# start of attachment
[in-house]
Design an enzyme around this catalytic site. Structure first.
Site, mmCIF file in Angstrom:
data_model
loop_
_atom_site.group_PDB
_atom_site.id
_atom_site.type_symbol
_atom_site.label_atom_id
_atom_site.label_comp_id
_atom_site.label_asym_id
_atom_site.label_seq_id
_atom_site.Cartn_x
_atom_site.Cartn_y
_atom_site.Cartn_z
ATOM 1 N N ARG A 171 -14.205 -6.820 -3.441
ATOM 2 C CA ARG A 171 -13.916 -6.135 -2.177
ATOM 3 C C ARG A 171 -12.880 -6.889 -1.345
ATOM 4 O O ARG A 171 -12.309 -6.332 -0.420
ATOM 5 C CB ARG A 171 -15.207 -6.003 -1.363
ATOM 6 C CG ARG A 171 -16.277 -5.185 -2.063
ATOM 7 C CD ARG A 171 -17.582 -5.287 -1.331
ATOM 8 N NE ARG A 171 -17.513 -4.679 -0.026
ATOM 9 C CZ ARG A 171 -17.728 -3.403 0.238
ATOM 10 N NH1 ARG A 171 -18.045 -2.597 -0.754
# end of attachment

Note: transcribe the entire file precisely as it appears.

[in-house]
Design an enzyme around this catalytic site. Structure first.
Site, mmCIF file in Angstrom:
data_model
loop_
_atom_site.group_PDB
_atom_site.id
_atom_site.type_symbol
_atom_site.label_atom_id
_atom_site.label_comp_id
_atom_site.label_asym_id
_atom_site.label_seq_id
_atom_site.Cartn_x
_atom_site.Cartn_y
_atom_site.Cartn_z
ATOM 1 N N ARG A 171 -14.205 -6.820 -3.441
ATOM 2 C CA ARG A 171 -13.916 -6.135 -2.177
ATOM 3 C C ARG A 171 -12.880 -6.889 -1.345
ATOM 4 O O ARG A 171 -12.309 -6.332 -0.420
ATOM 5 C CB ARG A 171 -15.207 -6.003 -1.363
ATOM 6 C CG ARG A 171 -16.277 -5.185 -2.063
ATOM 7 C CD ARG A 171 -17.582 -5.287 -1.331
ATOM 8 N NE ARG A 171 -17.513 -4.679 -0.026
ATOM 9 C CZ ARG A 171 -17.728 -3.403 0.238
ATOM 10 N NH1 ARG A 171 -18.045 -2.597 -0.754